The Food and Drug Administration is cracking down on the use of a widely used weed killer, reports Civil Eats. The government agency will begin testing for testing certain foods for residues of glyphosate, which has been found to be a probable human carcinogen.
Last March, cancer experts at the World Health Organization concluded the herbicide "probably" causes cancer, in part because of a 1985 study on mice. Agrochemical giant Monsanto is the maker of Roundup, which contains glyphosate, and the company was obviously upset with the declaration. Monsanto's vice president told the New York Times last year the WHO's conclusion was "starkly at odds with every credible scientific body that has examined glyphosate safety." The FDA, having cleared glyphosate in 1985, did not act at the time.
But now, the agency is reversing course. The issue has been labeled as "sensitive," but spokesperson Lauren Sucher told Civil Eats the FDA is moving forward with tests on soybeans, corn, milk, and eggs, "among other potential foods" in Fiscal Year 2016. Monsanto surely isn't happy with this news. Last August, the company launched a "Roundup Ready Plus Challenge," which was meant to "demonstrate effectiveness and value of residual herbicide programs in soybeans."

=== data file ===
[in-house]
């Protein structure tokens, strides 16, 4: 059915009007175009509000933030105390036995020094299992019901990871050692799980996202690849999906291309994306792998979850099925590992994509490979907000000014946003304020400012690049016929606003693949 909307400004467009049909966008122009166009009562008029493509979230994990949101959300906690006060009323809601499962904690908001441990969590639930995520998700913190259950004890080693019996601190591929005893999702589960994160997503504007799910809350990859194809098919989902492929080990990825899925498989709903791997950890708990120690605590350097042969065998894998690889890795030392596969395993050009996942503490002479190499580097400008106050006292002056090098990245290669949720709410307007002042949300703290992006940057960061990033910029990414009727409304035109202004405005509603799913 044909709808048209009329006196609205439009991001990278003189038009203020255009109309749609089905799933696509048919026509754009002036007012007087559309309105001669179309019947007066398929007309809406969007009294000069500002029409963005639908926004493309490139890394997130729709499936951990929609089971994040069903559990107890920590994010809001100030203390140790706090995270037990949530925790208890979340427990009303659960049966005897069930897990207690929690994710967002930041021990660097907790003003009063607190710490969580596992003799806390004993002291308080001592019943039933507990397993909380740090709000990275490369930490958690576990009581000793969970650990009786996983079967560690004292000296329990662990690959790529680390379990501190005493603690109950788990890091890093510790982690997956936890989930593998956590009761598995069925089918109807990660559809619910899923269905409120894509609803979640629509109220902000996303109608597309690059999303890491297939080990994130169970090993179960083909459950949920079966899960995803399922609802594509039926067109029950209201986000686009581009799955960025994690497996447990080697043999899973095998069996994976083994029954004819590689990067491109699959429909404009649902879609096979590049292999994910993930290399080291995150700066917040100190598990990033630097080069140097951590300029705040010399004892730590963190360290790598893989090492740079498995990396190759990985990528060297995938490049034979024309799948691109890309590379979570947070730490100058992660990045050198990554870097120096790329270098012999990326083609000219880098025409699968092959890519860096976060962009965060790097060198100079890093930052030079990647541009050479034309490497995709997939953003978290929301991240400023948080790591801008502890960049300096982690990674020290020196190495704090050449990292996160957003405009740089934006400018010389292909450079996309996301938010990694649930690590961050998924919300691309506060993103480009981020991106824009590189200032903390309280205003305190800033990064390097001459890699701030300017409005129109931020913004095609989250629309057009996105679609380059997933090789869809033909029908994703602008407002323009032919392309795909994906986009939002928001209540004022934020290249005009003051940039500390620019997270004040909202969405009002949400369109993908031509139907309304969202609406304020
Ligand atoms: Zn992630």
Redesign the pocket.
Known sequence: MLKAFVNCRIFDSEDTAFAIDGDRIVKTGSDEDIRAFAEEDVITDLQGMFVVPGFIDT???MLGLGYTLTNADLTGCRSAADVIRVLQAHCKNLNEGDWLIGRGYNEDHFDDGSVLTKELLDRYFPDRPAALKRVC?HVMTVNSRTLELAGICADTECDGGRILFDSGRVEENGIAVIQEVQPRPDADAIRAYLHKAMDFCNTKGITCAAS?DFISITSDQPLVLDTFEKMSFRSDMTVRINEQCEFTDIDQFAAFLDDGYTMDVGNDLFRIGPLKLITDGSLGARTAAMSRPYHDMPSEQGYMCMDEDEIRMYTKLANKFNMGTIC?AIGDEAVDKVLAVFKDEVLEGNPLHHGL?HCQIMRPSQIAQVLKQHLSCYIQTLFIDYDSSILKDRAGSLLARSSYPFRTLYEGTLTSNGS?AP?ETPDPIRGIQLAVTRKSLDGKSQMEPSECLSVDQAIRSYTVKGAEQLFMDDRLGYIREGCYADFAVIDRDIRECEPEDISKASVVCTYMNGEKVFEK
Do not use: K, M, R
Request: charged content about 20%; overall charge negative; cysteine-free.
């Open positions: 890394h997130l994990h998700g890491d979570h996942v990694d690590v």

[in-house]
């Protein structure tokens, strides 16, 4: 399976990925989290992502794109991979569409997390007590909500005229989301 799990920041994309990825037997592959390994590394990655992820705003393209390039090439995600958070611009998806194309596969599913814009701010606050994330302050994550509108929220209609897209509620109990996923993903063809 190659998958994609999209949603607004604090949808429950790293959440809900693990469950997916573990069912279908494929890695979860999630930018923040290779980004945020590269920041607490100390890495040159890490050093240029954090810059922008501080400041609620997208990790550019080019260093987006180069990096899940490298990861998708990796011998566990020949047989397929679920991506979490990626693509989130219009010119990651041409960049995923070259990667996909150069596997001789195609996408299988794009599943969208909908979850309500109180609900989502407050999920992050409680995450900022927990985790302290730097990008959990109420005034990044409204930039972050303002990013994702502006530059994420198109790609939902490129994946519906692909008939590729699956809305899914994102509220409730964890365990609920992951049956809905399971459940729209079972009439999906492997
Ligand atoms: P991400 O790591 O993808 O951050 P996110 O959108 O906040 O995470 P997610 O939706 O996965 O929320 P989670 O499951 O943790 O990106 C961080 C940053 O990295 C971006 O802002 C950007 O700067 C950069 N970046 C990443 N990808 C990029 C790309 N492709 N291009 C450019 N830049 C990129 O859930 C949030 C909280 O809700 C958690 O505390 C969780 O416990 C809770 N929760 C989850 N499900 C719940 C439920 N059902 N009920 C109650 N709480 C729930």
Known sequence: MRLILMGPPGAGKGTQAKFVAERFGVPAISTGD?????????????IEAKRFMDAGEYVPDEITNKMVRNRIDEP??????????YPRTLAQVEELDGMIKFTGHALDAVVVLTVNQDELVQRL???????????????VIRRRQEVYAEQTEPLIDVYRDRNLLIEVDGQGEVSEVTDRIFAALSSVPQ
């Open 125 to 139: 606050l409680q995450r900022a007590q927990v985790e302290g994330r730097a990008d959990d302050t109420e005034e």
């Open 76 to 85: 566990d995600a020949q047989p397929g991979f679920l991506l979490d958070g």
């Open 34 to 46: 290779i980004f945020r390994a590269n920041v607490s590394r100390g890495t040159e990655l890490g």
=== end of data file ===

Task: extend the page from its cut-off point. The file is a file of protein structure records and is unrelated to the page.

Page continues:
Monsanto has a dedicated website meant to offer its answer to the question, "Does glyphosate (Roundup) cause cancer?" Various reading materials are offered, but Monsanto answers the question with a quick opening line: "No, glyphosate is not a carcinogen." In a statement provided to Civil Eats, the company remained firm in its stance.
"If FDA does move forward with additional testing in a scientifically rigorous manner, we are confident it will reaffirm the long-standing safety profile of this vital tool used safely and effectively by farmers, landowners and homeowners around the world."
The move is another recent attempt by the FDA to make mass-produced food safer for consumption. In November, the agency announced new "enforceable safety standards" aimed at stemming the tide of foodborne illness outbreaks.